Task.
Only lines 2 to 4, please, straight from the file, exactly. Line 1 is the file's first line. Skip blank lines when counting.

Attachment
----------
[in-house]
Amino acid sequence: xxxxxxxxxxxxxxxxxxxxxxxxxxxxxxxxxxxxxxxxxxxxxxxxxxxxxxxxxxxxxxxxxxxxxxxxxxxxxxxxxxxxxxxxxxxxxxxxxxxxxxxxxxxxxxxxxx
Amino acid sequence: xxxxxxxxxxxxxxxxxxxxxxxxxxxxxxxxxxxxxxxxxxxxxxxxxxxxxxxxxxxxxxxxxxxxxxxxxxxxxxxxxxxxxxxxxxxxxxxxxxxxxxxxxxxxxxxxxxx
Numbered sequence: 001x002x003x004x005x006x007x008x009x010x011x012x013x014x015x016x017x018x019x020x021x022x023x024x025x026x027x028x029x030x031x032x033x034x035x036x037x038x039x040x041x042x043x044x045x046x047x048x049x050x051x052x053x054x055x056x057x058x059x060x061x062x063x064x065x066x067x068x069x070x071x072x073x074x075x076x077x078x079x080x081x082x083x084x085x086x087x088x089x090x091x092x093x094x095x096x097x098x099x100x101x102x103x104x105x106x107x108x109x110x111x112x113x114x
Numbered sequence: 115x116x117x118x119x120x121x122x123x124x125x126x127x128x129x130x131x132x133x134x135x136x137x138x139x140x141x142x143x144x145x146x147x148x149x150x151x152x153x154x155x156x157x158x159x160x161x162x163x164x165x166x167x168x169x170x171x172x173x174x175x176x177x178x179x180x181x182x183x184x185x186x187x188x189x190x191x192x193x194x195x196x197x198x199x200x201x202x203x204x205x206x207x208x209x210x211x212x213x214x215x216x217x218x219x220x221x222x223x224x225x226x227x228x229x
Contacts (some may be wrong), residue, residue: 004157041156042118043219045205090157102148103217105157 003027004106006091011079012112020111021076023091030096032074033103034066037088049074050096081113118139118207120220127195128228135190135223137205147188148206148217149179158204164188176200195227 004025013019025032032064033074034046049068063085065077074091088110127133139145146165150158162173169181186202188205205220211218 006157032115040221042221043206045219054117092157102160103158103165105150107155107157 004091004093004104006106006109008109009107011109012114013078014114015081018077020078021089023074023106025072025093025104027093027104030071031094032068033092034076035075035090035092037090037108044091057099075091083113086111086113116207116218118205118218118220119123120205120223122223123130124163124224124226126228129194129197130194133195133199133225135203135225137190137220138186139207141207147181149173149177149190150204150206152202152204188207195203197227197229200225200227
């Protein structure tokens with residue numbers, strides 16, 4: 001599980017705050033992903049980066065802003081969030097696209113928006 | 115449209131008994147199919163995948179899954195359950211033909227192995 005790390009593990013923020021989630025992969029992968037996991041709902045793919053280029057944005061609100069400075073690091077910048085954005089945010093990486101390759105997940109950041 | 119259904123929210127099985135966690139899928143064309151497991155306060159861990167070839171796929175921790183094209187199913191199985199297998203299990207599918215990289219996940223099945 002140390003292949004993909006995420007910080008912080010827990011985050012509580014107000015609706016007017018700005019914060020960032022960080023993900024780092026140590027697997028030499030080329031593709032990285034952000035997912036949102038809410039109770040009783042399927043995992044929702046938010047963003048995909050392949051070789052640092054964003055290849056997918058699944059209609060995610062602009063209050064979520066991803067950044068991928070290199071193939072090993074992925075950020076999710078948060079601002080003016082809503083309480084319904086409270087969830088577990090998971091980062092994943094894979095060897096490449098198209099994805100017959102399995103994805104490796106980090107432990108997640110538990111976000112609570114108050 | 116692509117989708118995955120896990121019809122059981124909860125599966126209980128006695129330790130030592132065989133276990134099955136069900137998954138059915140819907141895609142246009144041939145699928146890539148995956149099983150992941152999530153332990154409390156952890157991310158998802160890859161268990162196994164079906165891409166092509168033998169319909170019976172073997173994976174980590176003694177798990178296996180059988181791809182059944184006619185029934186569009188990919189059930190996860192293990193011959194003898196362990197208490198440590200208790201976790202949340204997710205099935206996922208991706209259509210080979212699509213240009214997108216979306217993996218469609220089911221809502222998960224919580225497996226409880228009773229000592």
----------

Amino acid sequence: xxxxxxxxxxxxxxxxxxxxxxxxxxxxxxxxxxxxxxxxxxxxxxxxxxxxxxxxxxxxxxxxxxxxxxxxxxxxxxxxxxxxxxxxxxxxxxxxxxxxxxxxxxxxxxxxxx
Amino acid sequence: xxxxxxxxxxxxxxxxxxxxxxxxxxxxxxxxxxxxxxxxxxxxxxxxxxxxxxxxxxxxxxxxxxxxxxxxxxxxxxxxxxxxxxxxxxxxxxxxxxxxxxxxxxxxxxxxxxx
Numbered sequence: 001x002x003x004x005x006x007x008x009x010x011x012x013x014x015x016x017x018x019x020x021x022x023x024x025x026x027x028x029x030x031x032x033x034x035x036x037x038x039x040x041x042x043x044x045x046x047x048x049x050x051x052x053x054x055x056x057x058x059x060x061x062x063x064x065x066x067x068x069x070x071x072x073x074x075x076x077x078x079x080x081x082x083x084x085x086x087x088x089x090x091x092x093x094x095x096x097x098x099x100x101x102x103x104x105x106x107x108x109x110x111x112x113x114x